- White Hart Dock, junction of Albert Embankment and Black Prince Road, Vauxhall, SE1 7SP. Nearest station: Vauxhall. To find out more about the artwork, visit the White Hart Dock website.
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Enjoy the grounds and retail offerings as the Greenwich landmark partially re-opens after lockdown, along with illustration workshops and guided tours.
It’s been a long, dull winter in lockdown so no doubt Londoners are crying out for their favourite spaces in the capital to reopen. Fortunately, one of the capital’s riverside gems, the Old Royal Naval College will be opening their gates again from 12 April 2021. Although indoor access will have to wait, there will be outdoor events and online experiences at the Greenwich destination, as well as reopening of the gift shops and café.
Ahead of the opening of illustrator Nick Ellwood’s physical exhibition ‘Mischief and Misadventure’ in May (or when guidelines allow), he will be hosting online drawing workshops for children and adults from April. Participants will be guided through assignments to hone their children’s book illustration skills, following by masterclass workshops in May for those who want to elevate their drawing to the next level.
Meanwhile, the iconic Old Royal Naval College will open its grounds to the public, who will be able to explore the history and the sights with guided and self-guided tours. The knowledgeable volunteers will be showing off the gorgeous features of the grounds and details of Sir Christopher Wren’s amazing architecture on small, socially-distanced guided tours (four dailt). Alternatively, families can download one of the free, self-guided tours from the Smartify app and enjoy a treasure trail around the outdoor space, while educating their children about the area’s history on the ‘Building Detectives’ tour. Or history buffs can learn more about the buildings with the Architecture tour.
While most of the indoor spaces of the ORNC are off-limits for a little while longer, the gift shops in the Visitor Centre and King William Undercroft will be open, while the Old Brewery will be serving outdoors from 12 April. Every weekend, the King William Lawn will host pop-up stalls serving hot and cold foods, drinks, afternoon teas and picnics for visitors to enjoy outside. Deckchairs and picnic blankets will be available for rent so you can have an alfresco feast while enjoying the views.
- Old Royal Naval College, King William Walk, Greenwich, SE10 9NN. Nearest station: Greenwich or Cutty Sark. For more information, visit the ORNC website.
- Nick Ellwood workshops are taking place on 1, 8 and 15 April and 13, 20 and 27 May 2021. Tickets: £50. For tickets to the workshop and other events, visit the ORNC online booking tool. Ellwood’s ‘Mischief and Misadventure’ exhibition with run from 17 May – 6 September 2021 at the Old Royal Naval College.
Find out what’s on in London in May 2021 here.
The story of a former Fleet Street printing house.
Many of the surrounding streets of Fleet Street have the industries of law and the press to thank for their many architectural designs. Although the newspapers and publishing houses have moved on, their legacy in the area lives on through their former offices. One of these buildings, the former Argus Printing Company, now survives as a great example of Victorian commercial architecture and is now luxury apartments. Located on the corner of Temple Avenue and Tudor Street in the district of Whitefriars, is a building now known as Victoria House.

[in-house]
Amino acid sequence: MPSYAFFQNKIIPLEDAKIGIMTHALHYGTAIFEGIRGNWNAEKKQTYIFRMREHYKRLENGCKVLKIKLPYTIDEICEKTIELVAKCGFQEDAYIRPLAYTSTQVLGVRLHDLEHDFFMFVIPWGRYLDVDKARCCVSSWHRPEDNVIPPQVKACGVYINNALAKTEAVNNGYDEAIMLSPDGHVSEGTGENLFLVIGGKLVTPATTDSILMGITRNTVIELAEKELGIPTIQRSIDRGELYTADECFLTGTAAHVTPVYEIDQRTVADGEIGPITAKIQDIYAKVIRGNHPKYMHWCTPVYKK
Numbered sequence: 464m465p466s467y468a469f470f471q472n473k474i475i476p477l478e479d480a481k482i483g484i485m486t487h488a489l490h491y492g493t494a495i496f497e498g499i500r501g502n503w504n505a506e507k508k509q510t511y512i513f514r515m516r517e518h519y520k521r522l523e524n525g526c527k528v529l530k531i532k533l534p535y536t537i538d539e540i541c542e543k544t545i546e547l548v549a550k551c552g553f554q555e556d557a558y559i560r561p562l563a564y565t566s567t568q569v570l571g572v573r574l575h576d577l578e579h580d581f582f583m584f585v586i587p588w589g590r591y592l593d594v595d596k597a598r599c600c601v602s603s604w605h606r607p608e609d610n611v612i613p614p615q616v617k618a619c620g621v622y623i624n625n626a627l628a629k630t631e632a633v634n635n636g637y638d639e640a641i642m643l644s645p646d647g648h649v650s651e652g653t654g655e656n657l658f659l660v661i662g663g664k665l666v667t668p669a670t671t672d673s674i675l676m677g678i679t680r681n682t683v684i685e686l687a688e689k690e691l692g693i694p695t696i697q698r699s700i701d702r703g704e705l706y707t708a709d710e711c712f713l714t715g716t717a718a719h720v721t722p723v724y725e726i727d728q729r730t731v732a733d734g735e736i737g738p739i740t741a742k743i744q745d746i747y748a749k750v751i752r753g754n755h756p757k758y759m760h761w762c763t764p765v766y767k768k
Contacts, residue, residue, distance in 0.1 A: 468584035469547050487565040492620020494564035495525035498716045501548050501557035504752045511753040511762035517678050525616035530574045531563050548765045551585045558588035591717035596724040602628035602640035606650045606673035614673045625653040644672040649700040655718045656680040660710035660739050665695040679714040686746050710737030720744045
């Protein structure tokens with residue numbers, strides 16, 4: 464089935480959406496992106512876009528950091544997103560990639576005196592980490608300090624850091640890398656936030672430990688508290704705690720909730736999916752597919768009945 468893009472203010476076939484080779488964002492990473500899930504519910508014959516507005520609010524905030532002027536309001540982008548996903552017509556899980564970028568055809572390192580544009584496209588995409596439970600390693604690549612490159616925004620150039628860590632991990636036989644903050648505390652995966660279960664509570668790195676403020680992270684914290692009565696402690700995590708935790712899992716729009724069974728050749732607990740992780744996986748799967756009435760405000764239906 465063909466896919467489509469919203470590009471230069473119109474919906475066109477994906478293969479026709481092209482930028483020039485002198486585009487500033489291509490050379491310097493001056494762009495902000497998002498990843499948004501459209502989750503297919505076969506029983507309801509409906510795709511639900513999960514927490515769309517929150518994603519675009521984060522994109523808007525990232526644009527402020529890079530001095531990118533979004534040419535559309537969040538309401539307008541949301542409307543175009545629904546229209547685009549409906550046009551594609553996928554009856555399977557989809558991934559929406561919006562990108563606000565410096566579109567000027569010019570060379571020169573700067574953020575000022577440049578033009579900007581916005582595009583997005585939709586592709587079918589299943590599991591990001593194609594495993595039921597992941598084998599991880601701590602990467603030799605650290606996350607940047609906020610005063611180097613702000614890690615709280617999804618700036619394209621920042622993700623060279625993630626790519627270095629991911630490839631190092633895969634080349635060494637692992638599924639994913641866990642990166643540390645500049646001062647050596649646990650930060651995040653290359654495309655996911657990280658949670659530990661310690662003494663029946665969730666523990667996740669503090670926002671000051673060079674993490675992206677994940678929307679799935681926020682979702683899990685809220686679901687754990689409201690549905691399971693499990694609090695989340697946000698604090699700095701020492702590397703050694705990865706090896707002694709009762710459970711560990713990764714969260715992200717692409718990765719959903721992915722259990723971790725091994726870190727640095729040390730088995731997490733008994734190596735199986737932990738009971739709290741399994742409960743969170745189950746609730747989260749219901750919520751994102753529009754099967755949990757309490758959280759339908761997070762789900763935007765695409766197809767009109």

The name Whitefriars comes from the former friary, which stood in the area from the 13th to 16th century. Following the dissolution of the friary, the area swiftly went from religious to run-down. At the time, it was located outside the jurisdiction of the City of London so became a magnet for the badly-behaved. The area was known as ‘Alsatia’ and was renowned for its criminal population. However, the Great Fire of London of 1666 provided an opportunity for officials to clean up the area as it was rebuilt.
By the 17th century, Whitefriars became a hub for trade with its many warehouses and wharves. Horwood’s Map of 1799 shows Grand Junction Wharf, Weft & Coves Wharf and White Friars Dock around the site of current Victoria House. Although today, Tudor Street is just over 300 metres long, on Horwood’s Map the name only leant itself to a short stretch of the eastern end. Meanwhile, the western end leading into Inner Temple was called Temple Street until it was renamed as an extension of Tudor Street in the 19th century when the area was altered by construction of the nearby Victoria Embankment in the 1860s. It was during the 19th century that the area of Fleet Street and the surrounding streets – including those in Whitefriars – became a hub for London’s booming newspaper industry. The Victorian era saw the establishment of buildings for both the editorial and production of newspapers and magazines.
One of the Victorian buildings established for this burgeoning industry was Victoria House, home to the Argus Printing Company. Journalist and politician Harry Marks (1855-1916) established the Argus Printing Company (APC) in 1887 to print his Financial News daily newspaper, which had been founded three years earlier. At its launch, the original Argus printing plant on Bouverie Street wasn’t very large, featuring one machine and rotary press which could produce 12,000 eight-page papers hourly. By 1887, the success of the Financial News meant the APC could buy a larger machine by Hippolyte Auguste Marinoni (1823-1904), which doubled the hourly output. Within a few years, the Bouverie premises were too cramped for the volume of production required so a new site closer to the Thames was acquired in 1891. Read the rest of this entry